Trends in Personal Finance
The following trends illustrate how serious the problem of lack of saving for the future has become.
A study prepared by the University of Waterloo claims that two-thirds of households appear not to be saving enough to cover basic expenses in 2030.
In 1999 a study prepared by two Statistics Canada analysts, Maser and Dufour, concluded that 33% of the near elderly would not be able to generate total requirement income equivalent to 67% of their working income.
In a study for the Ministry of Finance in the Province of Ontario prepared by Bob Baldwin it was observed in a study by the Chief Actuary (OCA, 2008) that both men and women are working later and later in life. By 2030 it is expected that 14% of women and 25% of men ages 65 to 69 will be engaged in paid work.
Trends in pension plan coverage
Statcan surveys reveal that over the past two decades the percentage of Canadians covered by employer pension plans has fallen. As of 2008 the percentage of the population covered by defined benefit pension plans had dropped to 29% from 38% in 1992. There has been a marked shift away from defined benefit plans and toward defined contribution plans.
The graphs below show the trend in pension plan coverage in Canada:
Source: Statistics Canada
In a 2009 study by Bob Baldwin entitled “Research Study on the Canadian Retirement Income System”, he concluded that “In the provincial public and near-public sectors, pension plans have been moving away from the classic DB (defined benefit) structure for nearly 20 years, led bythe Ontario Teachers’ Pension Plan.”
This trend may be an acknowledgement of the fact that defined benefit plans are far too expensive and create an unacceptable level of cost uncertainty for the plan sponsors.
Trends in Government Benefits
The Canada Pension Plan (CPP) is designed to replace 25% of pre-retirement earnings up to the yearly maximum pensionable earnings (approximately $51,100 in 2012).
Old Age Security (OAS), on the other hand, pays a flat rate rather than a rate based on contributions. As a result, it replaces a higher percentage of pre-retirement income for low income earners and replaces a lower percentage of pre-retirement income for high income earners. Baldwin’s study found that OAS, on average, replaced approximately 14% of average pre-retirement income.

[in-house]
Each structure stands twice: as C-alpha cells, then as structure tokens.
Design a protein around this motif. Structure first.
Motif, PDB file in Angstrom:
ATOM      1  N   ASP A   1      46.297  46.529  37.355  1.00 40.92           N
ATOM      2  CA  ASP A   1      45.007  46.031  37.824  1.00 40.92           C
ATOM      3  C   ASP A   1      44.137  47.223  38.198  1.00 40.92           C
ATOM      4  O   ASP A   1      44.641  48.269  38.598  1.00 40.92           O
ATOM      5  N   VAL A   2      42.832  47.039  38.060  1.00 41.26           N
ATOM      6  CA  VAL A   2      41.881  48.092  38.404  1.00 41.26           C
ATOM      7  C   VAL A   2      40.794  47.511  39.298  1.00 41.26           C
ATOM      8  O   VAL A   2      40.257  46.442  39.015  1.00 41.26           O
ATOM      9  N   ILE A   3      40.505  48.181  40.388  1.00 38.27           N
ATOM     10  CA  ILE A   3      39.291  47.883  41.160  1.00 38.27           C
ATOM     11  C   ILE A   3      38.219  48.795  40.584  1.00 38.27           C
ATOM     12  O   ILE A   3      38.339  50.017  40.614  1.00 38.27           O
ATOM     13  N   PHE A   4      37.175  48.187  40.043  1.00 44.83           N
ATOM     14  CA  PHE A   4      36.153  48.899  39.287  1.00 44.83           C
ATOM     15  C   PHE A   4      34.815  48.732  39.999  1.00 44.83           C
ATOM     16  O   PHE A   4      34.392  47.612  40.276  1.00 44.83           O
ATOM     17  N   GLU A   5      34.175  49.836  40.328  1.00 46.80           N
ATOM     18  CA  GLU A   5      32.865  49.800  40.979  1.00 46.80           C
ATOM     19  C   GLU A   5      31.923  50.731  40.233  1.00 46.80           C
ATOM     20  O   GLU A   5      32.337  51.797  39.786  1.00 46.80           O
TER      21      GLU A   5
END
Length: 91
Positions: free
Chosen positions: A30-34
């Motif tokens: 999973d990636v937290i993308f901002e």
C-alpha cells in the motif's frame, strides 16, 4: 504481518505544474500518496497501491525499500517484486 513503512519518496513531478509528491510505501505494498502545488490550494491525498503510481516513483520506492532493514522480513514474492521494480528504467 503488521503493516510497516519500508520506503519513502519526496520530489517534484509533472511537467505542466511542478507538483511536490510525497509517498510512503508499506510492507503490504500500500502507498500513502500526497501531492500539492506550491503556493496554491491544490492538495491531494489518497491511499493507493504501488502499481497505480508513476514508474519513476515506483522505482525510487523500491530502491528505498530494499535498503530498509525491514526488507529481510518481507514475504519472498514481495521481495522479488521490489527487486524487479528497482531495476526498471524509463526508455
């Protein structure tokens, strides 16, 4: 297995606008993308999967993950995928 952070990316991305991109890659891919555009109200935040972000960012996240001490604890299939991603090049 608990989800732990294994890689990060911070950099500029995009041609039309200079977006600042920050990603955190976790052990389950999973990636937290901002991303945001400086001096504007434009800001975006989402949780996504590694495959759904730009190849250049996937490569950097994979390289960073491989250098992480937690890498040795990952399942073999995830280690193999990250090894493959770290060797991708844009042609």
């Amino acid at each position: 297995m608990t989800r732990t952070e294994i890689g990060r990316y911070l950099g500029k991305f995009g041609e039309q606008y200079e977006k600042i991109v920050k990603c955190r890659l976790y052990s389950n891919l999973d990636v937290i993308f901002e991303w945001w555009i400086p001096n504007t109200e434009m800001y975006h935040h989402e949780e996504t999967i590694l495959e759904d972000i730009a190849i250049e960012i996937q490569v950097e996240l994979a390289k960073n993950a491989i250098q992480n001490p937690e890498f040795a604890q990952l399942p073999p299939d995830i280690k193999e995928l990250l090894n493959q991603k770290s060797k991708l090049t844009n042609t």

When you combine CPP benefits and OAS benefits, they are designed to replace approximately 35% of pre-retirement income, but that only applies if you continue working until full benefits are payable. Early retirement has a significant negative impact on these figures.
Over the past few years our Federal Government has been slowly introducing changes to CPP. As mentioned earlier, those who choose to start drawing their CPP before age 65 face a bigger discount in the benefits they receive. On the other side of the coin, delaying your CPP benefits until later in retirement can significantly increase those benefits.
The maximum CPP benefit in 2012 for those who began withdrawing benefits at age 65 was approximately $1012 per month. CPP benefits are indexed (adjusted upward) to compensate for the effects of inflation.
OAS was also scheduled to undergo changes but for now, those changes have been repealed. It was introduced in 1952 to provide income benefits to individuals over the age of 70. The eligibility age was subsequently reduced to 65.
Full benefits are provided to individuals with 40 years of residency in Canada, while those with a shorter period of residency will have that benefit reduced. OAS benefits are also indexed to compensate for the effects of inflation.
The maximum OAS benefit in 2012 was approximately $545 per month.
For high income earners’ OAS benefits, there is a provision where payments begin to be clawed back when your net income reaches approximately $70,000 per year and will be completely clawed back when that income reaches approximately $113,000 per year.
The trend is toward encouraging people to retire later and to rely more and more on their own finances for retirement income.
• Develop your own personal vision for retirement.
• Estimate the income required to satisfy your vision.
• Determine all sources of income available to you in retirement.
• CPP benefits can be reduced by as much as 36% if early retirement is chosen.
• You have to apply to receive your CPP benefits; payments do not begin automatically. OAS benefits usually begin automatically in the month after you turn 65. If you want to defer them to a later age, apply several months ahead of time.
• Inflation has averaged about 2% per year for the past twenty years.
• The rate of return on equities (stock market) has been about 5% per year over inflation for the past fifty years.
• The rate of return on bonds has been about 3% per year over inflation for the past fifty years. You can check the history of inflation in Canada on MoneyPages.
• Investor behaviour has been the biggest single factor contributing to sub-par portfolio performance.
• Use a life expectancy of approximately 90 years of age when planning for retirement.
• Set target values for your portfolio based on what you need to accumulate for retirement and the level of income you will be drawing in retirement.
• Measure your progress on a regular (annual) basis.
• There are two types of employer pension plans; they are defined benefit pension plans and defined contribution pension plans.